The opinion of the court was delivered by: Kendall J. Newman United States Magistrate Judge
On July 15, 2011, the undersigned granted summary judgment in favor of plaintiff Valentine Vallejo (the "plaintiff") and remanded the matter to the Social Security Administration. (Dkt. No. 20.) Currently pending before the undersigned is plaintiff's Motion For An Award Of Attorney's Fees Pursuant To The Equal Access To Justice Act. (Dkt. No. 22.) Plaintiff seeks attorneys' fees at "full market rates." (Id. at 8-9.) Plaintiff argues that "market rate" fees are appropriate because his attorneys possessed "expertise in the area of Social Security overpayment waiver cases" and that this "distinctive knowledge" was necessary to the litigation of his case. (Id. at 6-8.)
Defendant Commissioner of the Social Security Administration (the "defendant") filed an opposition to plaintiff's pending motion. (Dkt. No. 26.) Defendant does not oppose plaintiff's entitlement to attorney's fees under the Equal Access to Justice Act ("EAJA"). (Dkt. No. 26.) However, defendant opposes plaintiff's request to receive attorneys' fees at the "market rate" and in excess of the statutory maximum stated within the EAJA. (Id. at 2-3.) Defendant contends that plaintiff is entitled to no more than $7,981.16. (Id. at 7-8.) Defendant also challenges certain fees which defendant describes as "excessive, duplicative, and otherwise not compensable." (Id. at 9-12.) When the so-called "excessive" fees are omitted, defendant argues that plaintiff is entitled to no more than $4,973.02. (Id. at 12.) Plaintiff filed a Reply in support of his motion and in response to defendant's opposition brief. (Dkt. No. 27.)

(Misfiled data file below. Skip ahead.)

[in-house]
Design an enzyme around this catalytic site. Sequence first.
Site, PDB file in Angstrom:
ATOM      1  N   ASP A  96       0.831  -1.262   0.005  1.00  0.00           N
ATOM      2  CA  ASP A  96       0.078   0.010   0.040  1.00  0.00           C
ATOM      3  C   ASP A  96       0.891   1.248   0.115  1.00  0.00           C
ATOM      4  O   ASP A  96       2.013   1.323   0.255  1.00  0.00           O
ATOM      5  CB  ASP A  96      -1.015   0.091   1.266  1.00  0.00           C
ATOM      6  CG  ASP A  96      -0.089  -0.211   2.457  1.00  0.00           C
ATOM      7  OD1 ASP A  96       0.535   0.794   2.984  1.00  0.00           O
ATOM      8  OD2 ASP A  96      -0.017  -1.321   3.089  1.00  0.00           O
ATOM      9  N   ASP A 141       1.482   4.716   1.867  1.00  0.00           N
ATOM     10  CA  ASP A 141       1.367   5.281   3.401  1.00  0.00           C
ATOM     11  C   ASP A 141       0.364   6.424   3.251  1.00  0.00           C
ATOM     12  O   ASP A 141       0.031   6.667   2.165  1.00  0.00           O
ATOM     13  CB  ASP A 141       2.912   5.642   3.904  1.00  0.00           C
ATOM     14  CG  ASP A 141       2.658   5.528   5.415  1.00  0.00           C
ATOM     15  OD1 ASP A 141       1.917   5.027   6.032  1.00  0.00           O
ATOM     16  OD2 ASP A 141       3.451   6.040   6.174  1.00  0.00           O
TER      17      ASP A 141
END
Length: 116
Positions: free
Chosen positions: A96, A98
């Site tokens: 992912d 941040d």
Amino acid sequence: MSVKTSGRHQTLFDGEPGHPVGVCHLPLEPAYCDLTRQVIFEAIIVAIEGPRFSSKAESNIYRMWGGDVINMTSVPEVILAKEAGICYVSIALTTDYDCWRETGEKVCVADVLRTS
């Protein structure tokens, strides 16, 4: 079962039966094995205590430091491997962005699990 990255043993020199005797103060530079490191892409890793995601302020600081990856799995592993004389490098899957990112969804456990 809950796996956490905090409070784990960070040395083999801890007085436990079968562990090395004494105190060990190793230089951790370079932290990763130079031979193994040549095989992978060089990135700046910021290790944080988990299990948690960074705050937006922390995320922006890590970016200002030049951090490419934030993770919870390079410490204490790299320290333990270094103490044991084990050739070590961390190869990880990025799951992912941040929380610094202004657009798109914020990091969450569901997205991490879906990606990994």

Because oral argument would not materially aid the resolution of the pending motion, the matter is submitted on the briefs and record without a hearing. Fed. R. Civ. P. 78(b); E.D. Local Rule 230(g). The undersigned has fully considered the parties' papers and the record in this case and, for the reasons that follow, the undersigned grants plaintiff's motion in part and denies it in part.*fn1
Plaintiff's case arose from his receipt of social security benefits overpayments.*fn2
An administrative law judge ("ALJ") found plaintiff was not without fault in causing the overpayments and denied plaintiff's request to waive the overpayments. Plaintiff initiated this action, and the undersigned ultimately granted plaintiff's motion for summary judgment and entered judgment in plaintiff's favor. (Dkt. No. 20.)
The issue in plaintiff's case was whether, after having timely reported his employment to the Social Security Administration ("SSA"), and after the SSA stopped paying plaintiff's Supplemental Security Income benefits but continued paying his Title II benefits, plaintiff knew or should have known that his continued receipt of Title II benefits was improper. 20 C.F.R. § 404.507. If plaintiff knew or should have known his continued receipt of Title II benefits was improper, his failure make afollow-up report to the SSA regarding these payments would amount to "fault" in connection with these overpayments, and plaintiff would be obligated to repay the overpaid amounts. (Dkt. No. 20 at 7.) If not at fault, plaintiff would be entitled to a "waiver" of his obligation to repay the overages. (Id.)